'John Wick 3' Is an Elegant Action Movie Masterpiece

Lisa Tate

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I know what everyone thinks happened in the latest Avengers, but it was an American "semi-retired" hitman who finally took down Thanos.

According to the weekend box office John Wick: Chapter 3 – Parabellum took in around $57 million in North American sales, knocking Avengers: Endgame out of the number one spot.

That’s more than the opening week average of the first two installments of this epic gun-fu saga put together.

Actually, neither of the first two John Wick movies debuted at number one. When you think about how the second sequel in an R-Rated action movie franchise can de-throne the most hyped and anticipated Disney-market superhero movie of all time, it is an impressive feat.

I think I can tell you why I feel John Wick is such and appealing trilogy, and I’m going try to be as un-spoiler-y as possible here. I can’t promise anything, though, if you haven’t seen the third movie. Read on as you wish but remember: “Every Action Has Consequences.”

First, if you want visually appealing, and perfectly executed fight and chase scenes, get a stuntman to direct your films.

Director Chad Stahelski first worked with John Wick star Keanu Reeves on The Matrix, when he served as his stunt-double. Every fight scene is choreographed as carefully as a dance number, which martial arts can be when handled by the right person.

Both previous John Wick movies had their “stand out” fights. In the first movie, we learn how well a muscle car pairs with a gun when taking out an enemy. In the second, there’s the dreamy, eerie aesthetics of the art gallery mirror maze, as well as the sleek “battre pour deux” around the Roman fountain between Wick and Cassion (played by Common).

In this third film, which picks up right where John Wick 2 leaves off, these get cranked up to eleven, from the very first fight in the library, to the rapid-fire battle among cases of antique knives, to the final gun and martial arts bouts in The Continental where Wick goes full Baba Yaga.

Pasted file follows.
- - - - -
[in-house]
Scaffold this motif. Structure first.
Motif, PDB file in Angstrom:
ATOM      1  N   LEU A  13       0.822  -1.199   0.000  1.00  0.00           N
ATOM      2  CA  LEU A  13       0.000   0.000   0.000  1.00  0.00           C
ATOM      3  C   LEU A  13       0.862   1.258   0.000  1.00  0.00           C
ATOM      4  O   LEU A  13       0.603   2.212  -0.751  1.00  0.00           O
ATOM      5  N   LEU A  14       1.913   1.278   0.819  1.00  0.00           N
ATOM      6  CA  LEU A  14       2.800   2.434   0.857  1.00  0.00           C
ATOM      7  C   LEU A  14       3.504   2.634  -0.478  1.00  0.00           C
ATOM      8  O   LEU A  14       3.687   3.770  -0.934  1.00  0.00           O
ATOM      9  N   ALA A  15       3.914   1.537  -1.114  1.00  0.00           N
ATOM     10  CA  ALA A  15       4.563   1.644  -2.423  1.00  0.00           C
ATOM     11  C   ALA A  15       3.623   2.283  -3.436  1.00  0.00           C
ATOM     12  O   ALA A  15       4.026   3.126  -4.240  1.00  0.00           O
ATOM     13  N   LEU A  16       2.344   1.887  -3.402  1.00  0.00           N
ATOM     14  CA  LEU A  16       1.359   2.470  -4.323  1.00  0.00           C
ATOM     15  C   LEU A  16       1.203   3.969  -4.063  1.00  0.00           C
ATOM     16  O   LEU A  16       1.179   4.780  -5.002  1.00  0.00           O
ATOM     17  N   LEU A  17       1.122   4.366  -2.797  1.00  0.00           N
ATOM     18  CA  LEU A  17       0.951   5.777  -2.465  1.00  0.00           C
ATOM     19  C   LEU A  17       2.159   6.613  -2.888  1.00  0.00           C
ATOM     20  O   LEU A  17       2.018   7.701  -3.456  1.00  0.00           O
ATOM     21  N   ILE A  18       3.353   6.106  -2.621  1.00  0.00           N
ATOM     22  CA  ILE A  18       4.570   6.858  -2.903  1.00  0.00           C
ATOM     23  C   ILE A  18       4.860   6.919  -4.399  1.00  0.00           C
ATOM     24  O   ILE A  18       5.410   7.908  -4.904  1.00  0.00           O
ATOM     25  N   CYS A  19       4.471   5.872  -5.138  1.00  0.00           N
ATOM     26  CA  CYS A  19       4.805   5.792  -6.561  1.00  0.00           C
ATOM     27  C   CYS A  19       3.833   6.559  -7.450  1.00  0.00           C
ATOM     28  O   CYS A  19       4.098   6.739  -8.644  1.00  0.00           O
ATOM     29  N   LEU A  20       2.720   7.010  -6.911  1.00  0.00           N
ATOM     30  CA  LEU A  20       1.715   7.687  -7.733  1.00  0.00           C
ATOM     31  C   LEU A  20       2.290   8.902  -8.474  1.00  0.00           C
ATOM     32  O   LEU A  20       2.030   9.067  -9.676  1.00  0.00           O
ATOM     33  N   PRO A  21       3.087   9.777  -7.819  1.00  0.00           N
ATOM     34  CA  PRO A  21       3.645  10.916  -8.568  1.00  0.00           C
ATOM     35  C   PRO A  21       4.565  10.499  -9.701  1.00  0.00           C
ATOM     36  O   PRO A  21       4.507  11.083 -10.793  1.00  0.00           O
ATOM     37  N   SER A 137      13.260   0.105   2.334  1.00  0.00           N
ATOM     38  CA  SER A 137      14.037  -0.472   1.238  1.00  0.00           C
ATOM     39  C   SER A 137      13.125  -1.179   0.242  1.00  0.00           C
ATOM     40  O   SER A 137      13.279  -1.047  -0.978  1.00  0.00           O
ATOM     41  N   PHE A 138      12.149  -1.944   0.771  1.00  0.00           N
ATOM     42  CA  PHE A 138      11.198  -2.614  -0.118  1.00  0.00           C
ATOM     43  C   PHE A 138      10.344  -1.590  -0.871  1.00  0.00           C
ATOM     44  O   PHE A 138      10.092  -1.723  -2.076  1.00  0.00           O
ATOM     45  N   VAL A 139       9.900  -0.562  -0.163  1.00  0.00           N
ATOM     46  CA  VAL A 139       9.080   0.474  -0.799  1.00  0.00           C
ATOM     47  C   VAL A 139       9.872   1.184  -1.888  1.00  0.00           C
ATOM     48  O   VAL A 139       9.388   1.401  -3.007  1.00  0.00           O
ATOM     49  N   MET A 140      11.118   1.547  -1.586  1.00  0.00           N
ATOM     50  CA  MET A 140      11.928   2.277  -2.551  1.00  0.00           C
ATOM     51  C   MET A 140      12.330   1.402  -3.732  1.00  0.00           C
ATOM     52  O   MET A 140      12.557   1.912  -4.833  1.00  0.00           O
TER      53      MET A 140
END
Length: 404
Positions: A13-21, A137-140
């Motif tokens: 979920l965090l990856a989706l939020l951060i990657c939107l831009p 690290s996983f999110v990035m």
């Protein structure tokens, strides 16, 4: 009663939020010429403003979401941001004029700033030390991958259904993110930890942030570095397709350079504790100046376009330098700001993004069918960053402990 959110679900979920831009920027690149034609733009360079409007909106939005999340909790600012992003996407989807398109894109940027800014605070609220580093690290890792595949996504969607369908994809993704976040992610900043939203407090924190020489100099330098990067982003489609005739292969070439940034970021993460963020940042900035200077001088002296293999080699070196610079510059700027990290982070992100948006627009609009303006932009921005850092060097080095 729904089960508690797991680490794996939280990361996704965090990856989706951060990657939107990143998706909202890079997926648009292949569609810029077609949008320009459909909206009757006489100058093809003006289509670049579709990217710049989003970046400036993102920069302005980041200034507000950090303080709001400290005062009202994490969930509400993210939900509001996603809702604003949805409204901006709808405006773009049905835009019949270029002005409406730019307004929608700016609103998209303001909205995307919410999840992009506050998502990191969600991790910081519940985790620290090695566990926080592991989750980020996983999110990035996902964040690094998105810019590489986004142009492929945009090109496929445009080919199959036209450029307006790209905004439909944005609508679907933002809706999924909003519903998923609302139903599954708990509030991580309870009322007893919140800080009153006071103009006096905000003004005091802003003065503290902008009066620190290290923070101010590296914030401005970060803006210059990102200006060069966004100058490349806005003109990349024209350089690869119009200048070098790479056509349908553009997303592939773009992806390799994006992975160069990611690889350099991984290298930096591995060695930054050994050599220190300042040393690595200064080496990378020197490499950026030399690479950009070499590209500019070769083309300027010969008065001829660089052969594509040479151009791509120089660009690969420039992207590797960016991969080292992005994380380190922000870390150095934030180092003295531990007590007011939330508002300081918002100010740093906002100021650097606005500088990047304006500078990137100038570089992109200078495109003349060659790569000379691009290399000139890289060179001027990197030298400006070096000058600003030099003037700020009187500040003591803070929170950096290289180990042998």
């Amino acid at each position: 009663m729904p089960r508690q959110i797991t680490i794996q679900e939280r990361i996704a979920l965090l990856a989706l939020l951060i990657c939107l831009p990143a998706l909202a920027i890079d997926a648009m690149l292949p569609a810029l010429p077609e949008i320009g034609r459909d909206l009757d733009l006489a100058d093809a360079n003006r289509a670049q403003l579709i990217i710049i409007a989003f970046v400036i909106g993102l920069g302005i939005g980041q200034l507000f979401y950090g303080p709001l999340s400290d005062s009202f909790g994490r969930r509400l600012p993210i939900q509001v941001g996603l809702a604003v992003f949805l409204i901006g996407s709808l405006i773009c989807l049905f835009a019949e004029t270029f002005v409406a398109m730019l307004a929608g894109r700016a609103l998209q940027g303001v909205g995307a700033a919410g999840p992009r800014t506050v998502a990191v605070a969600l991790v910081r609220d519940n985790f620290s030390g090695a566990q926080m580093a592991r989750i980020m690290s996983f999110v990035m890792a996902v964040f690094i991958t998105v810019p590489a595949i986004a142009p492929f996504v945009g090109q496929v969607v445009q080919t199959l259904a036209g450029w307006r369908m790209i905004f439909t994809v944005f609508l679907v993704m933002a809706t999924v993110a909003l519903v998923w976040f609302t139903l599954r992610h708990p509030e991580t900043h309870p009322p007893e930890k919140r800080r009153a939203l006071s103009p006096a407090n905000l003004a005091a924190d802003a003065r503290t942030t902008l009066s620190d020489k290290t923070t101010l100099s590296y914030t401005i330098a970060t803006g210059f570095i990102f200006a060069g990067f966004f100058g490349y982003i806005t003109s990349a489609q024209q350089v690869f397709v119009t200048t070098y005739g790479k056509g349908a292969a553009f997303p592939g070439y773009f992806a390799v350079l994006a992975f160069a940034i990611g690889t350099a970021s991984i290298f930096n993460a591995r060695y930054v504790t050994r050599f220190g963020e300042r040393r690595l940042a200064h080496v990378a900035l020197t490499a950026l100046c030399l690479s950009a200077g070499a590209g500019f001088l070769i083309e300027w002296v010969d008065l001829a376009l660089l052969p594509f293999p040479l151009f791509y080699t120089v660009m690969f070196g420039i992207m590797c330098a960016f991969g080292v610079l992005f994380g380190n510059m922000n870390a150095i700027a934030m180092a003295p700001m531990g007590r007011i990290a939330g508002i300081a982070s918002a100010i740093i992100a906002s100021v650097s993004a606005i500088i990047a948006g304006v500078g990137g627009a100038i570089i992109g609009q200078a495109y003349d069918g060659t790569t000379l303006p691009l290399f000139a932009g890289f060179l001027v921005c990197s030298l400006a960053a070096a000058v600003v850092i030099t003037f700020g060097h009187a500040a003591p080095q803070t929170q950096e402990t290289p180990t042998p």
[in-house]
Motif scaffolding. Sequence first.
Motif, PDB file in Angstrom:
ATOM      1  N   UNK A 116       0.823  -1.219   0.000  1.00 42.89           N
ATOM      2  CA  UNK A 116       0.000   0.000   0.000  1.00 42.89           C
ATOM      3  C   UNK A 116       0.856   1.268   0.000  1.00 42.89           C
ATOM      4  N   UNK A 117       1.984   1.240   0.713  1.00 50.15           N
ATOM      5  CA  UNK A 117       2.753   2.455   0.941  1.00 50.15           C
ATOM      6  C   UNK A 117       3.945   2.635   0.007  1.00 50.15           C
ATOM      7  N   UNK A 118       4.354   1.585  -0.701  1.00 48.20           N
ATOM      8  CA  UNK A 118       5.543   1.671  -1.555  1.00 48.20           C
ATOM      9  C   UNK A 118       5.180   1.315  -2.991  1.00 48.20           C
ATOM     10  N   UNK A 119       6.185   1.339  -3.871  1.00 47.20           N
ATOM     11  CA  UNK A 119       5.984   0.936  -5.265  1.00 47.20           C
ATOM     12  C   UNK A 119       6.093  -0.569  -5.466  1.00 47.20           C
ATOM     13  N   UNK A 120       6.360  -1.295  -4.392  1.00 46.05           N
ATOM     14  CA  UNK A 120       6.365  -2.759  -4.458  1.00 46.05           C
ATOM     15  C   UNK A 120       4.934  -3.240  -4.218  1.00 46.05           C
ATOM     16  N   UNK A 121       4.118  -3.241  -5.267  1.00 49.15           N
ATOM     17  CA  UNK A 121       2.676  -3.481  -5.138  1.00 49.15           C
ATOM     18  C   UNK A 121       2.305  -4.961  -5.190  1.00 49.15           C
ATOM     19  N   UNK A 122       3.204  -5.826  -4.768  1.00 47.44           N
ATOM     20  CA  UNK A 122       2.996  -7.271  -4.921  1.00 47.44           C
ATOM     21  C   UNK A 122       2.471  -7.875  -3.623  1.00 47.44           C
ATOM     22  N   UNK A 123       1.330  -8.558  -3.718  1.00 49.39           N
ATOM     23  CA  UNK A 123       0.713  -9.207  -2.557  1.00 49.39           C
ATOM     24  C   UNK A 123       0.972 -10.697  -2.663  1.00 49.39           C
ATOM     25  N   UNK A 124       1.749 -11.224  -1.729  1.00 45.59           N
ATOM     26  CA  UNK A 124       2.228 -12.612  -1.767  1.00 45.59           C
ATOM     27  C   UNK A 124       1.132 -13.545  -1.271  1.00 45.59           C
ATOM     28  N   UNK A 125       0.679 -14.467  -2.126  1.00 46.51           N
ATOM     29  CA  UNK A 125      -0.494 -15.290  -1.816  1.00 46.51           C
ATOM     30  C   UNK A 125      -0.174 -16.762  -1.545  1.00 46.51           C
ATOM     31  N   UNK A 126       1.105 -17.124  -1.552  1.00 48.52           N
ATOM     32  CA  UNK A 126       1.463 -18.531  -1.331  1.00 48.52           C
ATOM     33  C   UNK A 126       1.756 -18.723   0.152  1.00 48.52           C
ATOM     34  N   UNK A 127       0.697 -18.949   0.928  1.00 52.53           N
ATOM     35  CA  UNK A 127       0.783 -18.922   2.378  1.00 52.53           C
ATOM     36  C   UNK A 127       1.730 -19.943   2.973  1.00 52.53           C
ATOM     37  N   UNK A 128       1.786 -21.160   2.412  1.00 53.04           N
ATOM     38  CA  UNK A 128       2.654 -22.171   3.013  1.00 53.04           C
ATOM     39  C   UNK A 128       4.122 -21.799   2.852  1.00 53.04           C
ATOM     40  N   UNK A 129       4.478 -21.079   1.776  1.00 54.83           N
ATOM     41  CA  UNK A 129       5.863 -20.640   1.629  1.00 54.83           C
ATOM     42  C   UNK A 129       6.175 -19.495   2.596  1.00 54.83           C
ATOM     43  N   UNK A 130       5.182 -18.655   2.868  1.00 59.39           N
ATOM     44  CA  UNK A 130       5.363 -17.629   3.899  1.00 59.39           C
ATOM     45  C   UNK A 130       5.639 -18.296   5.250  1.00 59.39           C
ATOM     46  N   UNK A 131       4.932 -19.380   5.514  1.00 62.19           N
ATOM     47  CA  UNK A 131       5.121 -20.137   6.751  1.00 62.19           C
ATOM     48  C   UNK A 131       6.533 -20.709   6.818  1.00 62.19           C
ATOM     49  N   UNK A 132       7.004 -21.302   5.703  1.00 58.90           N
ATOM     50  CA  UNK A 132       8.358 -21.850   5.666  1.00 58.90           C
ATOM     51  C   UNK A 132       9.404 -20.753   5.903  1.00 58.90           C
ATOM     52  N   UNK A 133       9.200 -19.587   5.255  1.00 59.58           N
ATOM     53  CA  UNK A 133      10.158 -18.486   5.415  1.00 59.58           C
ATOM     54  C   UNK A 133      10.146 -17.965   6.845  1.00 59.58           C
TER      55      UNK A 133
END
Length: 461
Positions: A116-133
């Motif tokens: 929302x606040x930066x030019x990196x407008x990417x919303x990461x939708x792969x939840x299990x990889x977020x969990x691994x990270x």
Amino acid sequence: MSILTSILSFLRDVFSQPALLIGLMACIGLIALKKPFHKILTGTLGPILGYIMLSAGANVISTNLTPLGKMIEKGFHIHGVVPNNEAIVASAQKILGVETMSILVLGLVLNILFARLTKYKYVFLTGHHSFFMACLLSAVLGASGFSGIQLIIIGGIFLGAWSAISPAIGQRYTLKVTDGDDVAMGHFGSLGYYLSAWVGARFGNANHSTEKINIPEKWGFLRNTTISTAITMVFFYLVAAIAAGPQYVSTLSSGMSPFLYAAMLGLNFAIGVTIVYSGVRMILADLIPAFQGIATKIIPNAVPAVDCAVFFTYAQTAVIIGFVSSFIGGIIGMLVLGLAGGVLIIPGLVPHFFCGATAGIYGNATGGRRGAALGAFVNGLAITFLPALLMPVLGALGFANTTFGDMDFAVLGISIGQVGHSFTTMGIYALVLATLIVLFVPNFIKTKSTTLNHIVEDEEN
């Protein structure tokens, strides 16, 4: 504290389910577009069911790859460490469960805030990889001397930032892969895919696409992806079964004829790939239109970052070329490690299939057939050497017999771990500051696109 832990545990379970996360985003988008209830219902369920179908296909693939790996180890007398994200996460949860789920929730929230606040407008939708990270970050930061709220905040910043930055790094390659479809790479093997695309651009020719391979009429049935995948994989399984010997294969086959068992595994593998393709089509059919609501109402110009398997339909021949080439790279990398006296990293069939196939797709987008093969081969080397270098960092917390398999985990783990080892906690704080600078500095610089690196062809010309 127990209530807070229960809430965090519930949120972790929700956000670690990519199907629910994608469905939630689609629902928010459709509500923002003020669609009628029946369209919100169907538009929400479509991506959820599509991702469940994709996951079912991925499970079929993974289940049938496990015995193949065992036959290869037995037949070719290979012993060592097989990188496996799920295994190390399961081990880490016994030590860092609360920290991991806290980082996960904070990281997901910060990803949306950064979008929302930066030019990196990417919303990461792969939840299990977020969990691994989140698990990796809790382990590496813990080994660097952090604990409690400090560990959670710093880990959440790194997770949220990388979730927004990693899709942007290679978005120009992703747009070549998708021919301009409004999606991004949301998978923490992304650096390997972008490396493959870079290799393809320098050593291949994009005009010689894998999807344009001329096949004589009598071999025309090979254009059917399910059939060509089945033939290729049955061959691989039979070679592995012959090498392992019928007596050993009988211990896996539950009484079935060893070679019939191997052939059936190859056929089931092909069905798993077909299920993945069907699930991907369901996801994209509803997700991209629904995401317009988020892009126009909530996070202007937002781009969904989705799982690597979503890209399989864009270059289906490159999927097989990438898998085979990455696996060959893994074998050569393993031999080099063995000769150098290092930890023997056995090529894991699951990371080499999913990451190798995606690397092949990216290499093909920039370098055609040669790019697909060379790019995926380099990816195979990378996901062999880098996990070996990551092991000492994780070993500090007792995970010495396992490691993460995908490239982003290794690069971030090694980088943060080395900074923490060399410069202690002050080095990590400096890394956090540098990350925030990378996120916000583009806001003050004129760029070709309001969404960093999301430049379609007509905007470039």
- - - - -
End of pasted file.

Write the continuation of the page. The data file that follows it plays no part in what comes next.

There is also the standout battle in Casablanca, featuring the very adept hotel manager and ex-cohort of Wick’s, Sofia (Halle Berry), and her trained doggies that will leave you winded.

Second, there is an air of elegance to John Wick that isn’t always seen in R-rated action films.

I do like the grittiness of Die Hard, and the fun banter of buddy cop films like Lethal Weapon, but these are the business class models, compared with John Wick’s first class feel.

There are some very attractive women in this movie providing some eye candy for men, but there isn’t one obligatory “run through the topless bar scene,” or casual hook-up du jour that seems to be a given in most action films.

Instead, they concentrate on the look of the old-school way the underworld runs, with old Nokia type cell phones and rotary dial phones, as well as with the stylized subtitles for those very important phrases and comments we need to remember.

Although Wick himself has a preference for some amazing American muscle cars (you can never go wrong with a Mustang), the John Wick films bear a closer design to a nice Italian sports car, built for both beauty and speed.

Speaking of elegant, the Continental Hotel is like a character in itself. It is more than just a setting; it’s a destination. Although this is a place that excels in treating some very bad people very well, you wish you could make a reservation. It has its classic décor up front, but more and more layers (as well as overseas locations) are revealed each film.

The casting in these films is excellent. Alongside Wick in this latest chapter is the return of veteran actors Ian McShane and Laurence Fishburne (Winston and the Bowery King respectively).

These are solid characters on their own, who are not just accessories or foils for Wick. They have their own plans, regardless what happens to everyone else.